So I'm doing this. NaNoWriMo is the beginning. This novel is getting written. I have given myself a deadline of Jan. 1, 2015 to get it published. Gonna. Fucking. Happen.

Here's the opening of Hannibal Preston.

Hannibal held a wand in one hand, a smoking pistol in the other as a wizard lie dead at his feet.

Hannibal was fucked.

Perhaps “wizard” isn’t the most accurate description of the man on the floor with a brand new hole in his head just above the left eye. “Charlatan” would be a generous term. “Asshole” would be closer to the truth and more in line with the thoughts racing through Hannibal’s mind as he heard the rumble of the so-called magician’s loyal, albeit mislead, followers.

But let’s not get ahead of ourselves. As Hannibal is barricading the door, preparing for the arrival of several pissed-off, recently-made-leaderless minions, we’ll go back to the beginning, a time before our protagonist was the recipient of the murderous rage of a small city. In the beginning, Hannibal was only loathed by a few. To their credit, though, they had years of practice.

Wednesday, October 31, 2012

G. Norman Lippert & the Son of Harry Potter

(St. Louisan G. Norman Lippert)

Do you miss Harry Potter? Miss the adventures he and his friends had on the grounds of Hogwarts facing Voldemort and his evil minions?

So did G. Norman Lippert. Only instead of pining away, he decided to do something about it. He decided to continue the Potter legacy by writing about The Chosen One's son, James. The extraordinary books, given the blessing by JK Rowling herself, can be downloaded for FREE at a number of sites. For the full story on Lippert and how this all came to be, check out my interview with him at Walrus Publishing.

Tuesday, October 16, 2012

Bob's Ghost

The moment he entered his home, Bob knew the ghost was gone.

Over the past four weeks, the ghost had always welcomed Bob home, whether in the evening when he came from work or Saturday afternoons when he returned from his weekly visit to his Mother’s or Sunday mornings after church. The ghost was a voice Bob had grown accustomed to hearing and now that it was gone, Bob was saddened and confused.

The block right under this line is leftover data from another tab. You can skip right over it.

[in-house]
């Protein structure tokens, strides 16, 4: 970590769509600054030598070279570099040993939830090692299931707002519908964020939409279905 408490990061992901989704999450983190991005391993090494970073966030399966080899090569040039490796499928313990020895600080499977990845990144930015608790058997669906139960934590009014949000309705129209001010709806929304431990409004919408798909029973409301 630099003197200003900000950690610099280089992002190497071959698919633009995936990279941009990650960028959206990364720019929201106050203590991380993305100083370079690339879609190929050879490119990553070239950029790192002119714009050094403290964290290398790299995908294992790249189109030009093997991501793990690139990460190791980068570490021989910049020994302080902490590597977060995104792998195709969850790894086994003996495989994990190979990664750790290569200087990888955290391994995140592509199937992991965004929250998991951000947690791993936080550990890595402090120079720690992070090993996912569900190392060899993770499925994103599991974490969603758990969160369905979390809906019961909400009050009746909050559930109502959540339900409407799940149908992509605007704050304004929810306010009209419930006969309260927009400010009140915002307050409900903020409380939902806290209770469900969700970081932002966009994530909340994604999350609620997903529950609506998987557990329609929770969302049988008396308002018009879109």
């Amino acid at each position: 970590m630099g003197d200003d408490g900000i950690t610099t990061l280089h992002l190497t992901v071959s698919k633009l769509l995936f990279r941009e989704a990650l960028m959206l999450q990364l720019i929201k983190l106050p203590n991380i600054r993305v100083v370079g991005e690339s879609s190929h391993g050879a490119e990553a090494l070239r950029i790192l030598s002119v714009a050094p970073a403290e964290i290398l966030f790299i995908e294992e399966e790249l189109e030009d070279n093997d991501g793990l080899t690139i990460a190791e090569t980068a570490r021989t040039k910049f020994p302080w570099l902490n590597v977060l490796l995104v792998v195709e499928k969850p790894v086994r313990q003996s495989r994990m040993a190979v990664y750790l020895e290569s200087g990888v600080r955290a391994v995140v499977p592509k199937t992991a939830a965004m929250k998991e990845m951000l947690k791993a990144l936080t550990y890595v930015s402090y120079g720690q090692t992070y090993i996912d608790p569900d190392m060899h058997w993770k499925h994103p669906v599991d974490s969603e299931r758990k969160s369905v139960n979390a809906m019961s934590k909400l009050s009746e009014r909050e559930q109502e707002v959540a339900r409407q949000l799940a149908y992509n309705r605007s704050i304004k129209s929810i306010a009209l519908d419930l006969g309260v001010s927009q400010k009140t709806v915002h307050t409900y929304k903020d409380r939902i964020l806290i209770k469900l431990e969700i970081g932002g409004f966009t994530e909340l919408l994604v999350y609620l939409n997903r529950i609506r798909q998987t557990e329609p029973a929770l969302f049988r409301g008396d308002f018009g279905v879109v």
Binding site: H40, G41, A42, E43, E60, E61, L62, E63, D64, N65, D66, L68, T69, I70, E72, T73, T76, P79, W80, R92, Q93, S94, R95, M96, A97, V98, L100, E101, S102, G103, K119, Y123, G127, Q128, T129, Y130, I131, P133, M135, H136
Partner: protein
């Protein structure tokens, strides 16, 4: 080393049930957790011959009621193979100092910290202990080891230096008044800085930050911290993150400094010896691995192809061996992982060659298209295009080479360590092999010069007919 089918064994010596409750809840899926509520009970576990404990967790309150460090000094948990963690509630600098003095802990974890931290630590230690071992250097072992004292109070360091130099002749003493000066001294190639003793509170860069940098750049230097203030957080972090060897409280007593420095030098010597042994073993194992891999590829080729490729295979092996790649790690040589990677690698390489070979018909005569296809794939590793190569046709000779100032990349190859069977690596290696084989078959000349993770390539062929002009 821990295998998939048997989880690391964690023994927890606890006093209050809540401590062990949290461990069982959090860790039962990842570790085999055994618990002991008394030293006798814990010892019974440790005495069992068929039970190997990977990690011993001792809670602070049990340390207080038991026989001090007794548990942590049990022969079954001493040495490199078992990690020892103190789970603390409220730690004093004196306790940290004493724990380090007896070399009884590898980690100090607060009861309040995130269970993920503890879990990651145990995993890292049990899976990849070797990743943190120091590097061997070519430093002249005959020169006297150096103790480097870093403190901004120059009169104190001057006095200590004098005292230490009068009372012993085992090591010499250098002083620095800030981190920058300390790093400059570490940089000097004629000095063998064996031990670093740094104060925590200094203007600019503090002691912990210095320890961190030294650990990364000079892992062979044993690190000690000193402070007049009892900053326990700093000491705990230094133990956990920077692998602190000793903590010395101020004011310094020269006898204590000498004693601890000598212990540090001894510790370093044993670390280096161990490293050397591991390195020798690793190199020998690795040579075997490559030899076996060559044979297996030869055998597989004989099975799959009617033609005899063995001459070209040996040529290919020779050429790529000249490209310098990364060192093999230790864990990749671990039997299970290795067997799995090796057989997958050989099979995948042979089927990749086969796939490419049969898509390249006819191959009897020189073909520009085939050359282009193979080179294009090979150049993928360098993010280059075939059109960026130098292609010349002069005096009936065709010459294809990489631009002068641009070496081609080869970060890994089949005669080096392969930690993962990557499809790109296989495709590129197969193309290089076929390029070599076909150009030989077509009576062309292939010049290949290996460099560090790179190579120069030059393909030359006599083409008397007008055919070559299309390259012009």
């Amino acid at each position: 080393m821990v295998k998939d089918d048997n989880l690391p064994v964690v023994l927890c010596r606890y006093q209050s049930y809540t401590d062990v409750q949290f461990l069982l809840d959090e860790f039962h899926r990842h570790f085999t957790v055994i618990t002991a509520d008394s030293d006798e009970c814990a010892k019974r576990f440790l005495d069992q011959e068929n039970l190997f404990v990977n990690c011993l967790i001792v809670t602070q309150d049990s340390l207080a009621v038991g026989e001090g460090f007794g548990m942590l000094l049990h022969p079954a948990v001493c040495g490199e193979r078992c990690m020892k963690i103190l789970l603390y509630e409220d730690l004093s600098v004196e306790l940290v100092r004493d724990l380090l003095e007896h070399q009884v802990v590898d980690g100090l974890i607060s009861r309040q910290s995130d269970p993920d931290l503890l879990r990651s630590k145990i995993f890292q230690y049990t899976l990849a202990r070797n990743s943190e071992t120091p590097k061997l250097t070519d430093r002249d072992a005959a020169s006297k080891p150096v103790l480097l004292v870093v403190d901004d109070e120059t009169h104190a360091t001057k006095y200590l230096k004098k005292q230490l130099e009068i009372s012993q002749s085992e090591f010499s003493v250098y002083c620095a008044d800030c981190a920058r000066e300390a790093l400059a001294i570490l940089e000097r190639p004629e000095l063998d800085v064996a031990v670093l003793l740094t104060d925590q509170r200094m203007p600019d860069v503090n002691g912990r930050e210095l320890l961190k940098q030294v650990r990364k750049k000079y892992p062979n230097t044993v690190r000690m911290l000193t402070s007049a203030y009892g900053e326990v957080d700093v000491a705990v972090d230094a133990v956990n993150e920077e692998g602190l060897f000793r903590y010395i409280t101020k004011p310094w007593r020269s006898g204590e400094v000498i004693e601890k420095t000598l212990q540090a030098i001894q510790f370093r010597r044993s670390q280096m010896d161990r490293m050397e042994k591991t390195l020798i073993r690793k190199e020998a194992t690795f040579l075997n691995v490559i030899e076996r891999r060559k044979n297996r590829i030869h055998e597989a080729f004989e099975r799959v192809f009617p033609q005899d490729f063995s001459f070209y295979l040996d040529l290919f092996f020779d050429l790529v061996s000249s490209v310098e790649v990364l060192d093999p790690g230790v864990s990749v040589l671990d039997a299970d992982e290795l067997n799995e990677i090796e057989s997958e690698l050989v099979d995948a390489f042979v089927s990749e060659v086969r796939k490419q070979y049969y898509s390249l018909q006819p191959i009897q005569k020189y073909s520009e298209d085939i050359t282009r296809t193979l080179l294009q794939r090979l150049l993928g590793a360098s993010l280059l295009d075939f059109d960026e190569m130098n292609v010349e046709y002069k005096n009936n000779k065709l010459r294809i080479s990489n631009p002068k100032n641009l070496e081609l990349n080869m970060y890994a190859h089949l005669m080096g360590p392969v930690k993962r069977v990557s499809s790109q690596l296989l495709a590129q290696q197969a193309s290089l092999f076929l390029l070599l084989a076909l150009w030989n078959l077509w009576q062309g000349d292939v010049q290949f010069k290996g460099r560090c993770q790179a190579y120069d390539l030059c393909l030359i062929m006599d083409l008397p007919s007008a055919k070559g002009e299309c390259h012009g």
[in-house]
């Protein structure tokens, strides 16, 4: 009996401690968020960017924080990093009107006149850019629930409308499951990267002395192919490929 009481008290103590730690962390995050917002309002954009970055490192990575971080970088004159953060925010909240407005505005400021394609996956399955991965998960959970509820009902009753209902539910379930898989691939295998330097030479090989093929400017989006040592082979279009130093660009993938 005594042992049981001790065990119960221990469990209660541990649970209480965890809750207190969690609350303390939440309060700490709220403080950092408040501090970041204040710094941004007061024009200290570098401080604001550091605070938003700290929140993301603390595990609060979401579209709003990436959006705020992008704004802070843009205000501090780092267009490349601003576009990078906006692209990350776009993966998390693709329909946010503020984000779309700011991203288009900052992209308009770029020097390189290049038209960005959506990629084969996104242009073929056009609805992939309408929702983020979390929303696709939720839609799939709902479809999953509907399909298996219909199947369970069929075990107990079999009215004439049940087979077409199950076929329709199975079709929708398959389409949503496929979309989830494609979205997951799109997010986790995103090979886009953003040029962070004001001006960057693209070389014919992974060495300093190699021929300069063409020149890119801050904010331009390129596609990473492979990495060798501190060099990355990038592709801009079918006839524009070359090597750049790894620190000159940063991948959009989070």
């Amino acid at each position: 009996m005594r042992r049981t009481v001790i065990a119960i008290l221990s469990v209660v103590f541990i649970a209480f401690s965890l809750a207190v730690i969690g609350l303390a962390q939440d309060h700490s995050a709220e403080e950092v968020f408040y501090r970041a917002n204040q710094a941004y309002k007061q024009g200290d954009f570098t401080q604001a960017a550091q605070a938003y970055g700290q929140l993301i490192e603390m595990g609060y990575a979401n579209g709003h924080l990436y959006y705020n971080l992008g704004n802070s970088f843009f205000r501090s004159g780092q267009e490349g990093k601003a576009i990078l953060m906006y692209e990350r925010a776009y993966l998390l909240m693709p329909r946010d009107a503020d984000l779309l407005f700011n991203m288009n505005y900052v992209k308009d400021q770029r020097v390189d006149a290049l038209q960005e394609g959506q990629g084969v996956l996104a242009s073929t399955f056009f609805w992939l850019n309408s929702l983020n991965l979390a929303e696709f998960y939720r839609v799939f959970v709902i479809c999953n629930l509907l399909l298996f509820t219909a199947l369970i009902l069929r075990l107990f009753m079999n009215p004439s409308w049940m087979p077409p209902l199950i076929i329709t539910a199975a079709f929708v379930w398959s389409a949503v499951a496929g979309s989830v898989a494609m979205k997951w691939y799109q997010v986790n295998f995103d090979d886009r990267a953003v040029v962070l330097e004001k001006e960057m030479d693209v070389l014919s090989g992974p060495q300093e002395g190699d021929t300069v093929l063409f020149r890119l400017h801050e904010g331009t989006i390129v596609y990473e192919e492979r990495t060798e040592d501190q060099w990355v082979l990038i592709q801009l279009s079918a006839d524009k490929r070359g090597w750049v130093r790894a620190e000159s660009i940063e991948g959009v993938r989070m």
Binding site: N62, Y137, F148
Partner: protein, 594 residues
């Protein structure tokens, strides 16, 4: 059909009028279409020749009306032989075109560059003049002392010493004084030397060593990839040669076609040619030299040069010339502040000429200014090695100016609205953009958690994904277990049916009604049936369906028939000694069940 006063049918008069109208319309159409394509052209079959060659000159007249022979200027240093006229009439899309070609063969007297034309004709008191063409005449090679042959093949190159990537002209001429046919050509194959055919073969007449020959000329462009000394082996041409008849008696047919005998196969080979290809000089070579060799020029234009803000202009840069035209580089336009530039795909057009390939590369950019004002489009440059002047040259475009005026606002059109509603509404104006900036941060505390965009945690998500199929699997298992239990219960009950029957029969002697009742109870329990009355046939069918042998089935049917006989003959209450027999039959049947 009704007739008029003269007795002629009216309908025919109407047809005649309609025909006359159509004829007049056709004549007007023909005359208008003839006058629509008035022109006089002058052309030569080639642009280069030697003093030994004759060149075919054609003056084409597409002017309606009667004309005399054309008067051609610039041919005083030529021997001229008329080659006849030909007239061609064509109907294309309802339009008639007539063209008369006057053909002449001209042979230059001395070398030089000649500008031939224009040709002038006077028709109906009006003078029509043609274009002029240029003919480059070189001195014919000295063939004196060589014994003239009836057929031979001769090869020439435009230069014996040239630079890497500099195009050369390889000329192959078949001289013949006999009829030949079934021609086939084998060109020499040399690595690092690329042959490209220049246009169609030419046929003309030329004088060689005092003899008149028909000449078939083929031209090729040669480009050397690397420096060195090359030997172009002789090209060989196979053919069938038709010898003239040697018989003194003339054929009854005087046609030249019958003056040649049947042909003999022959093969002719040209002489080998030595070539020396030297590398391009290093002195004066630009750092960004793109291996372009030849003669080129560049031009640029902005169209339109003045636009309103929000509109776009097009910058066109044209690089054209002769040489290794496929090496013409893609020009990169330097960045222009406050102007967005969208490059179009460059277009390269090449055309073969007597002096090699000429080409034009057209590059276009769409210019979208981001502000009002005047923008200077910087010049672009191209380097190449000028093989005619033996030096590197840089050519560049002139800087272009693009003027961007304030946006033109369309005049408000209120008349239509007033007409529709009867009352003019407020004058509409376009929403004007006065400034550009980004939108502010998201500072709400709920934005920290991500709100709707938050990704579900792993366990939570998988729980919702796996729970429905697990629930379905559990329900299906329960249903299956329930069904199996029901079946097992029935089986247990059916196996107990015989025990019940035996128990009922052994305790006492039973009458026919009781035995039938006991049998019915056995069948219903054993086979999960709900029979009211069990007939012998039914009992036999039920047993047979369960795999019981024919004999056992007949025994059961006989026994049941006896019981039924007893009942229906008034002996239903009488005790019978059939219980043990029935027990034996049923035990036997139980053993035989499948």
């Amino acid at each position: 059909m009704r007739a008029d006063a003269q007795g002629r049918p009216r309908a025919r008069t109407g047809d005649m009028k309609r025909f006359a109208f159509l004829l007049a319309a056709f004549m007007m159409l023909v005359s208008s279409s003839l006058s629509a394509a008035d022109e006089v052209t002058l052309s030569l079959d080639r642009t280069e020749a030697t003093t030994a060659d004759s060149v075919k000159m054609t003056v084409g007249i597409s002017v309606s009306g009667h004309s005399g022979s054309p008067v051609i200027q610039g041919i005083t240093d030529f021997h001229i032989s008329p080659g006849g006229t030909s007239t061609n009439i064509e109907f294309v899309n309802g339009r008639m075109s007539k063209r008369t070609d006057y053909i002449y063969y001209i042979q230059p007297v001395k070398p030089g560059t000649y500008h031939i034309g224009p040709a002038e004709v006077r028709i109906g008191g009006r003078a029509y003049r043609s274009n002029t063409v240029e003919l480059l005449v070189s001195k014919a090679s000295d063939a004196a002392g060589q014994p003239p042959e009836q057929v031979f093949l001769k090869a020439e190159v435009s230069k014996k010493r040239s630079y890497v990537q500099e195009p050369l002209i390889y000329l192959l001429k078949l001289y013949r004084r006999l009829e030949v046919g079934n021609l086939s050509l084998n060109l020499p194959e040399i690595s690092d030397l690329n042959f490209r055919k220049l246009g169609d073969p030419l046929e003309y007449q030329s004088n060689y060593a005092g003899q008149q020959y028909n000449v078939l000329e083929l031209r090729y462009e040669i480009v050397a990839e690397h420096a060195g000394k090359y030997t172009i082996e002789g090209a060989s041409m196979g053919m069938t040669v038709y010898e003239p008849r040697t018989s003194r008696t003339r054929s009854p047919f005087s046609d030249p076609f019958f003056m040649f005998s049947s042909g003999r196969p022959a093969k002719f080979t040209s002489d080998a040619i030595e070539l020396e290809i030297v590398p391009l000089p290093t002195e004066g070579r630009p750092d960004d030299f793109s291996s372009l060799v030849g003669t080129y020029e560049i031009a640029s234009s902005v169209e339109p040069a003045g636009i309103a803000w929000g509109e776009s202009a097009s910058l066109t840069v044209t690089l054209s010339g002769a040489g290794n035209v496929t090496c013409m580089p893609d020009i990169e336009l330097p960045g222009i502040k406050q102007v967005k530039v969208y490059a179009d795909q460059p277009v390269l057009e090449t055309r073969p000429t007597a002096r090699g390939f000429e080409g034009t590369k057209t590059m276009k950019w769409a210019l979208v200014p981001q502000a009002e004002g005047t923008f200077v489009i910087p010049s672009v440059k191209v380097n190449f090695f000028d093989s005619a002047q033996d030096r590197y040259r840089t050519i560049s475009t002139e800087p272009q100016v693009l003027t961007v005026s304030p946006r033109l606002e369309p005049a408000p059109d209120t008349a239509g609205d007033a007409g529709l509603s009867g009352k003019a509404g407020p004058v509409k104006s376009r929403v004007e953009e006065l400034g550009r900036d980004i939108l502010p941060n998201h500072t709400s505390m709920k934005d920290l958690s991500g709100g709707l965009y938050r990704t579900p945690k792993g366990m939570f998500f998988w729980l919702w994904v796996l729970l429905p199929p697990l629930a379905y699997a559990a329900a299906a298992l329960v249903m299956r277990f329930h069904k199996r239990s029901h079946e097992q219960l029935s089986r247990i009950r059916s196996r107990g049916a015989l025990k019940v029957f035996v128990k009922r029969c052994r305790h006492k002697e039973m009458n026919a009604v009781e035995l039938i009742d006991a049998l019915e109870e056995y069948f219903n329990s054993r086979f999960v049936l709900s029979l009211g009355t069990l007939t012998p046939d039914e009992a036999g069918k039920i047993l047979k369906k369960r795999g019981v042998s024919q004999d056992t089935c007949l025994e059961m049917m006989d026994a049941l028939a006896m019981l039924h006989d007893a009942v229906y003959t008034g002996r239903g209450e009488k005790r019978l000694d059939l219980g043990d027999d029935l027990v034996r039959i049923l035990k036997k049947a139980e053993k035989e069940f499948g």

Bob waited at the door another moment, hoping the ghost would speak. Perhaps she (the ghost’s voice had a decidedly feminine character to it) was playing a game. Or busy. Bob had no previous experiences with ghosts, so maybe today, the third Thursday of the month, was when they ran their errands. A smile touched his lips as he thought of the ghost at the spectral grocery store. Maybe the ghost was at the ethereal DMV. He wondered if theirs was as much a bother as the one he visited annually to update the tags on his ten-year-old compact sedan.

When it became apparent no greeting would be forthcoming, Bob removed his shoes, placed them neatly on the little mat by the door and eased his feet into the slippers just as neatly located next to the newly-removed loafers. He placed his laptop bag on the small table in the small foyer near the entrance of his small home. He walked into his living room, also on the smallish side, and turned on the lamp. The sparsely-furnished area was instantly illuminated, putting on display an older recliner, a new couch, a stationary bike he used often (a fact that filled him with no small amount of pride considering he could still wear the suit he wore at his high school graduation), a glass-fronted cabinet displaying mementos of his life (there weren’t many), and a 50-inch high-definition flat-screen plasma TV mounted on the wall. The latter was a gift to himself. Not a birthday gift or a Christmas gift; a just-because gift.